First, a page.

15 Years Ago, The Cockiest Superhero Created The Biggest Movie Franchise Ever
How did the MCU begin? With one phrase – “I am Iron Man!” It's been 15 years since the armored Avenger first landed in American theaters on May 2, 2008, followed by a dizzying who’s who of superhero movies that spawned after its success. On June 19, Iron Man became the first film of the year to cross the $300 million box office threshold, en route to being one of the most profitable and critically acclaimed comic book movies of that period. It set the gold standard for how a Marvel movie should be, staying true to the character while utilizing a great cast and crew to make it a reality. This winning formula, along with stunning visual effects and an awesome super suit, sped Marvel into a new era of relevance and prosperity.
Despite being one of the earliest characters in the Marvel pantheon dating back to 1963, Iron Man had never been adapted as a live-action anything. It was fitting his movie debut was also the first film Marvel Studios had tangible control over. Producers Avi Arad and Kevin Feige were involved in the previous Marvel movies, but Iron Man was their baby to birth.
The deck was stacked against them in an era when caped crusader flicks were waning, and the rights for Marvel’s properties were scattered across different owners. Arad and Feige bet the house on their first foray into filmmaking, using the rights to their characters as collateral. It turned out they had a winning hand, in part thanks to the names behind the film.
Much like how the Spider-Man franchise took a risk on Sam Raimi, Marvel gave the reins of Iron Man to Jon Favreau, a director who understood the assignment. But at the end of the day, the movie rose to the top thanks to the man behind the disconnected mustache, Robert Downey Jr.
Tony Stark’s motivation has frequently been redemption, and RDJ was at a similar point in his life. Downey had been finding his way in Hollywood prior to this, playing a wide berth of roles that ranged from a Brat-Pack adjacent pick-up artist swooning over Molly Ringwald, to a masterful performance as Charlie Chaplin. His chops were undeniable, but Downey’s public war with drugs significantly damaged his rising star.
One of the most famous Iron Man stories was the “Demon in A Bottle” arc, where Tony battled his severe alcoholism to regain control over his life and business. The coincidence wasn’t lost on anyone when it was announced RDJ would suit up in the signature red and yellow armor for Iron Man, his journey mirroring the character he was playing.
Downey struggled with substance abuse through the late 90’s and early 2000’s. His addiction earned him multiple arrests and jailtime, compounded by a revolving door of roles which inevitably fired him in response to those incidents. Insurance companies refused to bond Downey, fearful of the possibilities of what he could do to himself, or others around him. Downey eventually had a successful rehab and overcame those insurance hurdles to set his career back on track.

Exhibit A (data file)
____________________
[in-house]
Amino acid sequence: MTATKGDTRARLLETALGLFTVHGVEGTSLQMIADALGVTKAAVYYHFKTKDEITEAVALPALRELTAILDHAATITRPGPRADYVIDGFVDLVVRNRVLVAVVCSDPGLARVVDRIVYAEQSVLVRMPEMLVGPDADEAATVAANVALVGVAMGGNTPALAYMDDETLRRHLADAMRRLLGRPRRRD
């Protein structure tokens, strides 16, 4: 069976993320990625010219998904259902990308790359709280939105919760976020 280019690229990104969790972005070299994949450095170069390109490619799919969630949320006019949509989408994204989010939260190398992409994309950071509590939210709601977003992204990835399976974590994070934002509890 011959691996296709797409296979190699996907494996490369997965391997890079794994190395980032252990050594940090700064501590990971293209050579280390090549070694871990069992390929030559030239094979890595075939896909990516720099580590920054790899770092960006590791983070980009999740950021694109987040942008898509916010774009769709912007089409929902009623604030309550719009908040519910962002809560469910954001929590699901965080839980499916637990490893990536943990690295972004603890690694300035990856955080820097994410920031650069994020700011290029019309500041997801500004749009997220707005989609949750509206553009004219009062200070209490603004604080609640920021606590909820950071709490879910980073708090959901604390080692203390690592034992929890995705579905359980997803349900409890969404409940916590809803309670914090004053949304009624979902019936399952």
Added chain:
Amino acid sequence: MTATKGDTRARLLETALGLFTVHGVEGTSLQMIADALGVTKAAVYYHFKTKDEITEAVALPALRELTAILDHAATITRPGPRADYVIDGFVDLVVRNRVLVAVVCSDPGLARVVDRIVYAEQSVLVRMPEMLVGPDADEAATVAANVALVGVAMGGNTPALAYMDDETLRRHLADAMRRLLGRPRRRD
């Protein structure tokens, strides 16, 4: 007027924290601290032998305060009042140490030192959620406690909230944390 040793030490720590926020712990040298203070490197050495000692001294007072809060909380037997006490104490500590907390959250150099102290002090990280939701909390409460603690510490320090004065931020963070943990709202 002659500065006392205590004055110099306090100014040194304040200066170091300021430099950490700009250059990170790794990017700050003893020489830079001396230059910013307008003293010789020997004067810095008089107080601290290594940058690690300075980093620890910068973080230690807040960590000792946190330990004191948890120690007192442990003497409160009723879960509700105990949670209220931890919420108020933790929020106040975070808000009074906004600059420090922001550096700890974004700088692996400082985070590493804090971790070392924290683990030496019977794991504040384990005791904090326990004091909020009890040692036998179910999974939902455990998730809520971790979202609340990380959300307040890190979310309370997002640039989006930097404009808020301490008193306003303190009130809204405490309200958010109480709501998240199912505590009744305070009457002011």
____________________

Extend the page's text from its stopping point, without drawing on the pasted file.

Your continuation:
Tony begins Iron Man as an unlikeable playboy, vain heir to a throne made from high-end weapon sales with an intellect similar to his bank account- both seemingly never-ending. An attempt on his life by a terrorist group forces him to create an artificial heart to stay alive, simultaneously powering up his first mech suit which he uses to escape. This literal change of heart, along with the affection of Gwyneth Paltrow’s Pepper Potts, guides Stark to new frontiers with his business, while also using his tech to do good as the Iron Man.
The stage was set for Tony to become the centerpiece of the franchise. Kids and parents fell in love with this relatable trillionaire. Tony is flawed and doesn’t always make the right decision, but he learns from those errors and changes, earning his place as the heart of the Avengers and the entire MCU.
Iron Man rebooted Downey’s career and made him the hottest name to come out of the MCU. This was the Downey of old, his swagger and confidence married seamlessly to his onscreen counterpart. This was a healed Robert, and better version than we had seen before. His own journey translated into the humanity Tony Stark needed to exude to become this iconic character.
It’s difficult to tell where Downey begins and Stark ends, but that’s probably the way he likes it. For years, Downey slipped into character to surprise children at Comic Con costume parties, sick patients in hospitals, and even gave an amputee a prosthetic limb. That’s what a true superhero does!
While Hulk and Spidey arrived on the scene earlier, Iron Man kicked off the Marvel Cinematic Universe proper, including the first post-credits scene in the history of the franchises. Samuel L. Jackson debuted as Nick Fury, another case of perfect casting, as the Ultimate version of Fury drawn a few years earlier in comics was based on the Pulp Fiction star. With one phrase, Jackson permanently changed the landscape of the super hero genre.
“The Avengers Initiative” tantalized audience-goers, hinting at a grander plan beyond a single superhero movie. When Downey showed up a month later as a surprise in “The Incredible Hulk” (Marvel Studios’ 2nd film), the plot truly thickened! A massive chunk of the Marvel library was at their disposal, and imaginations ran wild with the possibilities of who would show up as the series progressed.
31 films comprise the MCU currently, excluding any Disney Plus series and upcoming movies. If not for Iron Man, shared universes with interconnected stories would have remained in comics and not on the big screen. Iron Man was the riskiest mainstream superhero movie at the time, but continues to pay dividends 15 years later. A gamechanger in so many ways, and we can attribute it all to one beloved & conceited entrepreneur turned kindhearted ironclad hero named Tony Stark.